Tom Sigurdson of the B.C. and Yukon Building Trades assures me that requiring a labourer to run a concrete vibrator for five minutes while carpenters stand and wait is for safety. Sorry, but I’ve run one of those on a non-union site. Safety is a concern there too, along with efficiency.

Sigurdson, Premier John Horgan and Transportation Minister Claire Trevena insist that the building trades monopoly is necessary because that’s the only way to increase the number of apprentices. Members of the Christian Labour Association of Canada, the main target of the NDP exclusion policy, say they are in the top three in apprenticeship training.

This defence of inefficiency extends only to projects funded by taxpayers. In the rest of the world, competition will make short work of anyone who tries it.

Tom Fletcher is B.C. legislature reporter and columnist for Black Press Media. Email: tfletcher@blackpress.ca


@tomfletcherbc
tfletcher@blackpress.ca

Like us on Facebook and follow us on Twitter.

Just Posted

Cubetto teaches kids the building blocks of coding

Fraser Valley Regional Library’s wooden robot coming to Maple Ridge in May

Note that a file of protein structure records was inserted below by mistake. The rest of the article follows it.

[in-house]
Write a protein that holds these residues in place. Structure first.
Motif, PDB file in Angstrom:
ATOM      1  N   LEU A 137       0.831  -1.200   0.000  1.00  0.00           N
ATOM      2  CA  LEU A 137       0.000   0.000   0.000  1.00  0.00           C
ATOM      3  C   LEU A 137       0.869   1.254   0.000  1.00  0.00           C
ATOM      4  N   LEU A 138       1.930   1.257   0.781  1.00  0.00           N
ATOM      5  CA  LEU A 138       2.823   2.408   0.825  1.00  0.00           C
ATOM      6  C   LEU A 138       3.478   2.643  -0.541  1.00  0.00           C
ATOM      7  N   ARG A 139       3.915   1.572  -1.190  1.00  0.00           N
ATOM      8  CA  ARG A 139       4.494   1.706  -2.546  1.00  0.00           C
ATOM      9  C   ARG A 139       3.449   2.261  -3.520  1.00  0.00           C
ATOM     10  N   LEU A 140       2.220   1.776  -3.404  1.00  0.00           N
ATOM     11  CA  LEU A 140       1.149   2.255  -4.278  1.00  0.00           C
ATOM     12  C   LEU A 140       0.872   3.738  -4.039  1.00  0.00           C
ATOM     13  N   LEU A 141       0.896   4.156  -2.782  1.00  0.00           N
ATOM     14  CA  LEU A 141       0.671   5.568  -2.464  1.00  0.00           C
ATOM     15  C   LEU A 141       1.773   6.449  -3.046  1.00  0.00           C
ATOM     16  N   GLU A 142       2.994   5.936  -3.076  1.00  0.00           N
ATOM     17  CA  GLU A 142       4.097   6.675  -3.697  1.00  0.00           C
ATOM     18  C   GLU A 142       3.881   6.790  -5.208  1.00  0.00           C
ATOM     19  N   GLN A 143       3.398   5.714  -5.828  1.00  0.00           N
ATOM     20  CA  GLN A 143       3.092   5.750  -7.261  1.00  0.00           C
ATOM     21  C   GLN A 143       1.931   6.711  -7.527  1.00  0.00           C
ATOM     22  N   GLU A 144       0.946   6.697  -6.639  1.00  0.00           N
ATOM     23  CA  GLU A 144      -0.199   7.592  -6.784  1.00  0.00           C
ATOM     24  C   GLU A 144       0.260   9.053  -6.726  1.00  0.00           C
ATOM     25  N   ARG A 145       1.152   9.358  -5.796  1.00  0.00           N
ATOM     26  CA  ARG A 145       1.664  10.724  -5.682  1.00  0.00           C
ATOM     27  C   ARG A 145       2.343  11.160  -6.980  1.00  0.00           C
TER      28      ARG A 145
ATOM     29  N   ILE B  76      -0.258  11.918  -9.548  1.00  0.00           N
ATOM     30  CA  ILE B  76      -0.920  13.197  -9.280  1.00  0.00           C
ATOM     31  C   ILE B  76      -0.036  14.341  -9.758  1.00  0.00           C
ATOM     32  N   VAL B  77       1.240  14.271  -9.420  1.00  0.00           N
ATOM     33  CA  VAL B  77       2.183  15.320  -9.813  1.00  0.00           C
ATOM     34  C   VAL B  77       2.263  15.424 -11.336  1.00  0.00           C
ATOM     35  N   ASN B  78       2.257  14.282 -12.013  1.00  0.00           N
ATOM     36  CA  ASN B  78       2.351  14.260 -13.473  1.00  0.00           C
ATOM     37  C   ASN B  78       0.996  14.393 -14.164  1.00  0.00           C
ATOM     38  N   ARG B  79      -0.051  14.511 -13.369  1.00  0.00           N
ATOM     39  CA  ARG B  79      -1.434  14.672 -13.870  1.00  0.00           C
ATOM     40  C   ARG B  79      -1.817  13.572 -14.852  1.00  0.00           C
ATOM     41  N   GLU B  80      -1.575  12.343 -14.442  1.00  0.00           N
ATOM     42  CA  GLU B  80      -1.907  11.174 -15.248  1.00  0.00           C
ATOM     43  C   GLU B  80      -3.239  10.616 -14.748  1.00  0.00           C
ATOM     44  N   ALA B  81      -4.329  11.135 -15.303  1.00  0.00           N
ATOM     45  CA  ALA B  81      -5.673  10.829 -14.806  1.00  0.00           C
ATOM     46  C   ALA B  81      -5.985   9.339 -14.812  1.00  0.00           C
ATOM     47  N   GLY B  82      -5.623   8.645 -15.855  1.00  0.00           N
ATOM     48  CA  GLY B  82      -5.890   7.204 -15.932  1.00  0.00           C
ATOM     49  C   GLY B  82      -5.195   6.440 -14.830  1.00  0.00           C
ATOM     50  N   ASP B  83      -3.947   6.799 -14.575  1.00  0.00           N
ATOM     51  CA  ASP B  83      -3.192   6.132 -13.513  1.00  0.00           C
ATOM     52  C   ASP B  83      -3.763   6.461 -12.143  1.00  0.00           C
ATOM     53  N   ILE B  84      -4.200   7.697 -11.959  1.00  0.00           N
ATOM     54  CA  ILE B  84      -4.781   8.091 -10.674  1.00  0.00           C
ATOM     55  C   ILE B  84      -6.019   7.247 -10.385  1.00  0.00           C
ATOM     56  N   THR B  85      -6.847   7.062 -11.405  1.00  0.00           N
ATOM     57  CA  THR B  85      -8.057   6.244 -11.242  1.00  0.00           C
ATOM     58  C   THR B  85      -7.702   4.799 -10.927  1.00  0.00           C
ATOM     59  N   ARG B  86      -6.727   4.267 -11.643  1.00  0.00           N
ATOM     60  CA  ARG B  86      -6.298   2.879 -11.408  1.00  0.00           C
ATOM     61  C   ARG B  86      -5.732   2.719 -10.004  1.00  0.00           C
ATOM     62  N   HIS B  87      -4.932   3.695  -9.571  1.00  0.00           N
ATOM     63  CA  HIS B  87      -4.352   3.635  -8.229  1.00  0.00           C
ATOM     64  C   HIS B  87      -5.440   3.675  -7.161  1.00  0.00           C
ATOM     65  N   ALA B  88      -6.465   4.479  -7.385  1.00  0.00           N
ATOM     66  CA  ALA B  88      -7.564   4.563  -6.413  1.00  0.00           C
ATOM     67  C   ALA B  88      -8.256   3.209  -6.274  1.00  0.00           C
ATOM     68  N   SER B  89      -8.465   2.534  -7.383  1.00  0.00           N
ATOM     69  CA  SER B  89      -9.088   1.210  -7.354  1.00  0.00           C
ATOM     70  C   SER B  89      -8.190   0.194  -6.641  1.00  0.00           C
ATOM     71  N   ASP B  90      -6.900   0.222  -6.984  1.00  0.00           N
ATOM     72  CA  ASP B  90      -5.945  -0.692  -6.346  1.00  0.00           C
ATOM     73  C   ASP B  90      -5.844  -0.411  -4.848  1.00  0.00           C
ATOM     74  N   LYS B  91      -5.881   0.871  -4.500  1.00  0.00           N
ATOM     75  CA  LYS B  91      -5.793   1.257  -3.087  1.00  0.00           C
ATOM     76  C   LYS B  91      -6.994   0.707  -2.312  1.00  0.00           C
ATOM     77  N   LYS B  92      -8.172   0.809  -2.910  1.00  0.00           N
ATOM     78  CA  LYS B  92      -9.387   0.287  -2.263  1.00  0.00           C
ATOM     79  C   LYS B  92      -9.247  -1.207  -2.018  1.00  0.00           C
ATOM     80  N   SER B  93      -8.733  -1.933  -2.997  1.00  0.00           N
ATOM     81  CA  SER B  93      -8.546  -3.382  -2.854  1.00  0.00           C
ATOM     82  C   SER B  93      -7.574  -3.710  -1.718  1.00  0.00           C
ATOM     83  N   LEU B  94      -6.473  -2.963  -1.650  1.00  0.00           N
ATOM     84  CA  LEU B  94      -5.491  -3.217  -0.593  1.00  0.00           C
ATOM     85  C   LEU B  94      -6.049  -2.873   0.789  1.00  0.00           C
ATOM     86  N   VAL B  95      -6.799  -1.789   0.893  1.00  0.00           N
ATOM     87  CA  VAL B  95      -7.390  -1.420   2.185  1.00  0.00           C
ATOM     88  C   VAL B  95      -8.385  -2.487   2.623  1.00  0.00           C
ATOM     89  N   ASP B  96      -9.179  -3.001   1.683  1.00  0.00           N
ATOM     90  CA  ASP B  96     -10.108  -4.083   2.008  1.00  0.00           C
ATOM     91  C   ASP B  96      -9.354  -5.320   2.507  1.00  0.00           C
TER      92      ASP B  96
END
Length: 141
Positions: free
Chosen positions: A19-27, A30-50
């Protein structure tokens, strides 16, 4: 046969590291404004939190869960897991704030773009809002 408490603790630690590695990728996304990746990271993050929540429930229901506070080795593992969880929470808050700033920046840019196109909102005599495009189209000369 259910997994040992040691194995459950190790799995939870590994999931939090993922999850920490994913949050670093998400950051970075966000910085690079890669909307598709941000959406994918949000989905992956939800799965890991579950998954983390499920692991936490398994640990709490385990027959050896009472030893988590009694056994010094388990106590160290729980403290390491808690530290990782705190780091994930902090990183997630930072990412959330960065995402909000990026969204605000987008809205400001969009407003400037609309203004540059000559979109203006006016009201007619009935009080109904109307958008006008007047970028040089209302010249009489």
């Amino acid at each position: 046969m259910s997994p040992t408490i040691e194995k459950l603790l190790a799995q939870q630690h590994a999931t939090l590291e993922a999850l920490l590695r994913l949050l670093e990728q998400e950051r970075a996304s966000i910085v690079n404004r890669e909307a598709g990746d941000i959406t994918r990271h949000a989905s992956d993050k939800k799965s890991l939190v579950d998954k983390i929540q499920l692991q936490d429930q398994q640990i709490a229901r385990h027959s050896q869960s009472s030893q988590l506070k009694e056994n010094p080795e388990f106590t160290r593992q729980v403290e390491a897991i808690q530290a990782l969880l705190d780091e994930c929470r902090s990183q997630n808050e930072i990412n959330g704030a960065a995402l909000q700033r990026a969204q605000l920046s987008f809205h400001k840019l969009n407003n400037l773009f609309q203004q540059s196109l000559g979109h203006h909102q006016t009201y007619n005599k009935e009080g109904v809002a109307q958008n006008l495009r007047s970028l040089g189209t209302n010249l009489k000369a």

Toothpick speech a Toastmasters win for Pitt man

Stefano Cossalter won the district-level contest.

Along the Fraser: Concerns kokanee smolts left high, dry

Low water level at Alouette Lake due to cold, dry weather.

A Maple Ridge family’s quest to help youth by the dozen

The Garretts are selling eggs with profits going to Foundry Ridge Meadows

ARMS worried about low lake level

Fears thousands of kokanee smolts could be lost.

Parliament Hill 4-20 organizers predict record crowd after legalization

A celebration? Yes, but organizers say concerns remain about the government’s decisions on legalization rollout

$6K raised in one day’s time for family of woman gunned down in Penticton

GoFundMe launched for family of Darlene Knippelberg, to pay for funeral costs and other expenses

Seven tips to travel safely this Easter long weekend

An average of three people are killed, and hundreds more injured, each Easter long weekend in B.C.

Parents say Austrian climber missing in Banff National Park ‘lived his dream’

David Lama, Hansjorg Auer and American climber Jess Roskelley have been missing since Wednesday

Six months after legalization, high prices and supply issues boost illicit pot market

It has been six months since Canada became the first industrialized country to legalize recreational cannabis

Seattle’s 4-20 ‘protestival’ enjoys tolerance, some support – and B.C. could do the same

Seattle’s Hempfest a large-scale occasions with vendors, prominent musical acts and thousands of attendees

VIDEO: Giants draw first blood in Western Conference championships

In Game 1 of the best-of-seven series between Vancouver and Spokane, the G-Men emerged triumphant

Deck collapses in Langley during celebration, multiple people injured

Emergency responders rushed to the Langley home

B.C. RCMP receive application for Police Cat Services

RCMP announced the launch of the Police Cat Services unit as an April fools joke

Most Read